In the formula (3), Y is NR5 (those which are described for R1 and R2 can be cited as the examples of R5), O or S. (B), X and P are as described in relation to the formula (1). When Y is NR5 and X is nitrogen atom, substituent groups of R5 and N may form a condensed ring through their mutual bonding. Examples of the case of the condensed ring formation include pyrazolotriazole ring and pyrazoloimidazole ring as described in the foregoing.

Though not particularly limited, illustrative examples of the leuco dyes of the present invention represented by the formulae (1) to (3) are shown in the following. ##STR5##

The leuco dye of the present invention can be synthesized by firstly synthesizing its corresponding dye in accordance with the method described for example in German Patent 2803104 and German Patent 2844606, allowing said dye to react with 1 equivalent of a strong base such as NaH-DBU (1,8-diazabicyclo[5.4.0]undec-7-ene) or t-BuOK in an aprotic solvent such as THF or DMAc and then adding from 1 to 10 equivalents of a protecting group-introducing reagent such as di-t-butyl-di-carbonate, alkylchloromethyl ether or trimethylchlorosilane to carry out the reaction at a temperature of from room temperature to about 60° C.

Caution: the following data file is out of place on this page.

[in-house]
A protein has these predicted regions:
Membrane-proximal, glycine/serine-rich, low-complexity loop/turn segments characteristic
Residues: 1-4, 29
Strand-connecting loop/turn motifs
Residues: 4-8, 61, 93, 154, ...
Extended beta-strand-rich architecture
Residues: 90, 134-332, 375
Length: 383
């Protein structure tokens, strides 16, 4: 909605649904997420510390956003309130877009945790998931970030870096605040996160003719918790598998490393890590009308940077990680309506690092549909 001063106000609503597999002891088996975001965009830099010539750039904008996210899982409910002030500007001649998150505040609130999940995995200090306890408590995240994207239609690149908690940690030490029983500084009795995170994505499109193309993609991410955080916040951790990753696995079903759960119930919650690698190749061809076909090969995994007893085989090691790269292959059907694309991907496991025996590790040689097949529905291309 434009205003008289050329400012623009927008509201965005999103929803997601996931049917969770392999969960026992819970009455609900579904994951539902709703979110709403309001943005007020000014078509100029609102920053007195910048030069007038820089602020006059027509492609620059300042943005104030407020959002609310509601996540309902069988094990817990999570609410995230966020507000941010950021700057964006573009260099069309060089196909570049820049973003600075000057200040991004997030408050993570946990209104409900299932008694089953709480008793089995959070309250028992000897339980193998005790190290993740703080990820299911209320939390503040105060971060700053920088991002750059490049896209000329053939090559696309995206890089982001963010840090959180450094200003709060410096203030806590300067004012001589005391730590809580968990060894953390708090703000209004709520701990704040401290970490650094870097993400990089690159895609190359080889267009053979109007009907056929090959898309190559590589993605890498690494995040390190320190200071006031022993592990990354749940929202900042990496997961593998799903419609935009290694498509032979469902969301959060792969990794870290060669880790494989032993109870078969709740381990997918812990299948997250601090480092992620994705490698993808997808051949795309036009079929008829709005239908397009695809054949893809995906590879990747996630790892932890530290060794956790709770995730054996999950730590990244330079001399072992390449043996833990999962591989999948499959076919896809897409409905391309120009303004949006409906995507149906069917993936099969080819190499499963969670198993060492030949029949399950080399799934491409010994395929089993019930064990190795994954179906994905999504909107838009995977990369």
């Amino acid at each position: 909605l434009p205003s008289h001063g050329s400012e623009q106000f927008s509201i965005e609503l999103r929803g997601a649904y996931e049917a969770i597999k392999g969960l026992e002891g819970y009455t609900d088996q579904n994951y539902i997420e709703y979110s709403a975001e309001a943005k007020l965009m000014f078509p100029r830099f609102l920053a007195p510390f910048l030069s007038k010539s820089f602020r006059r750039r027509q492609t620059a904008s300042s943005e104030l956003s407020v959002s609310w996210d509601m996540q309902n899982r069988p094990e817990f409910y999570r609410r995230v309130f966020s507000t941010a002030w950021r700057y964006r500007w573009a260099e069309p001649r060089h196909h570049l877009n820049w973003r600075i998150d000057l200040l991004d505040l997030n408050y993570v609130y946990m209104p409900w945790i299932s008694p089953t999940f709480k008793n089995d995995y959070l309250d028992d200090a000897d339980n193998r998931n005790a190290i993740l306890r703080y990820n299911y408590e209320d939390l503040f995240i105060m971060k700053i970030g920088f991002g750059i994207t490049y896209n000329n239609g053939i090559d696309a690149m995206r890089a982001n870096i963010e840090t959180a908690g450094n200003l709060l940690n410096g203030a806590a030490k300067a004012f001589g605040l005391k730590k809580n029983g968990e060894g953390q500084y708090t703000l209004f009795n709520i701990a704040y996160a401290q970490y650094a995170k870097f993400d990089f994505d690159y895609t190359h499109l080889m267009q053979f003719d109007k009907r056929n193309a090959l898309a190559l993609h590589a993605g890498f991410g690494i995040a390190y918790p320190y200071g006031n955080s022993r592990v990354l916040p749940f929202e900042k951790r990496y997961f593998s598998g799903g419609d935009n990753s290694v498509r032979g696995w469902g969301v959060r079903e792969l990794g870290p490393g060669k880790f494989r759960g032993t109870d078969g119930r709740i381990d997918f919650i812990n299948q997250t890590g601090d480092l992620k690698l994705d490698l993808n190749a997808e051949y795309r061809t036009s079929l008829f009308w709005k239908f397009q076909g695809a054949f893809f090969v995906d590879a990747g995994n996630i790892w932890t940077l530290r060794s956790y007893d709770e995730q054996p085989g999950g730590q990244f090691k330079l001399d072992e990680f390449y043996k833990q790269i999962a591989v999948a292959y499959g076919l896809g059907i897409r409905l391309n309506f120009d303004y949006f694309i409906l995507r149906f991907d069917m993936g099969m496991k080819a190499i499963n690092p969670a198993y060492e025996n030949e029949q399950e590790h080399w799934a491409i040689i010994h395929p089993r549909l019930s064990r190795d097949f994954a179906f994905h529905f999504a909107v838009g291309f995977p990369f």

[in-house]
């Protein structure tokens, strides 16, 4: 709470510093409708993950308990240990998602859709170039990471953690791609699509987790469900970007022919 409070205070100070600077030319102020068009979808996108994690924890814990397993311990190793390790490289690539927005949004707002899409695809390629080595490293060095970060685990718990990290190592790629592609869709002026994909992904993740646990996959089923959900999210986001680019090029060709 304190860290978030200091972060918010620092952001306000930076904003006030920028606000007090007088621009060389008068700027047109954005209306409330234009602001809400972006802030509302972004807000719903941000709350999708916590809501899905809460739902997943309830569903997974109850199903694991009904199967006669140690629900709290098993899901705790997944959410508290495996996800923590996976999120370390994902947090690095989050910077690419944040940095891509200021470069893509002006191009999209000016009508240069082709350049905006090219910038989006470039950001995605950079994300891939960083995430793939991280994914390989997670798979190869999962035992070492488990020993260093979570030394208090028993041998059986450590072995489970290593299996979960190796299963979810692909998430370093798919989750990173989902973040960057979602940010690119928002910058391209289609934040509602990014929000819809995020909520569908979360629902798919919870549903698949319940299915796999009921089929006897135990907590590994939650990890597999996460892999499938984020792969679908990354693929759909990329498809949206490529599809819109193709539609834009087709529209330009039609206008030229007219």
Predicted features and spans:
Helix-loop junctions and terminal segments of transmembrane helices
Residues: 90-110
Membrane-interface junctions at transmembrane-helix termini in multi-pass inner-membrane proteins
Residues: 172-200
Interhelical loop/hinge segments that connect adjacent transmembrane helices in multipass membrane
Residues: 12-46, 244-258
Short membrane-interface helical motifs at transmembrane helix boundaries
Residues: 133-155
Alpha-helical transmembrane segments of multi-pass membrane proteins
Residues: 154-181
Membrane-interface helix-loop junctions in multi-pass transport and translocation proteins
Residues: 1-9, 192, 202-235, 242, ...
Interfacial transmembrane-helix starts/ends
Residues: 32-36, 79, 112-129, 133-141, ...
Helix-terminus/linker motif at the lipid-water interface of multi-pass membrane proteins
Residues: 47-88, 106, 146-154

The leuco dye polymer of the present invention can be obtained by polymerizing the leuco dye monomer synthesized making use of the just described method, by various polymerization methods such as solution polymerization, precipitation polymerization, suspension polymerization, mass polymerization and emulsion polymerization. Examples of the polymerization initiation method include a method in which a radical initiator is used and a method in which a light or radial ray is irradiated. These polymerization methods and polymerization initiation methods are described for example in "High Polymer Synthesis Methods (written in Japanese)", edited by T. Tsuruta (revised edition, published by Nikkan Kogyo Shinbun, 1971) and "Methods for High Polymer Synthesis (written in Japanese)", edited by T. Ohtsu and M. Kinoshita, published by Kagaku Dohjin in 1972, pp. 124-154.

Among the aforementioned polymerization methods, a solution polymerization method in which a radical initiator is used is particularly desirable. Examples of the solvent to be used in the solution polymerization include various organic solvents such as ethyl acetate, methanol, ethanol, 1-propanol, 2-propanol, 1-butanol, acetone, dioxane, N,N-dimethylformamide, N,N-dimethylacetamide, benzene, toluene, acetonitrile, methylene chloride, chloroform and dichloroethane, which may be used alone, as a mixture of two or more or as a mixed solvent with water.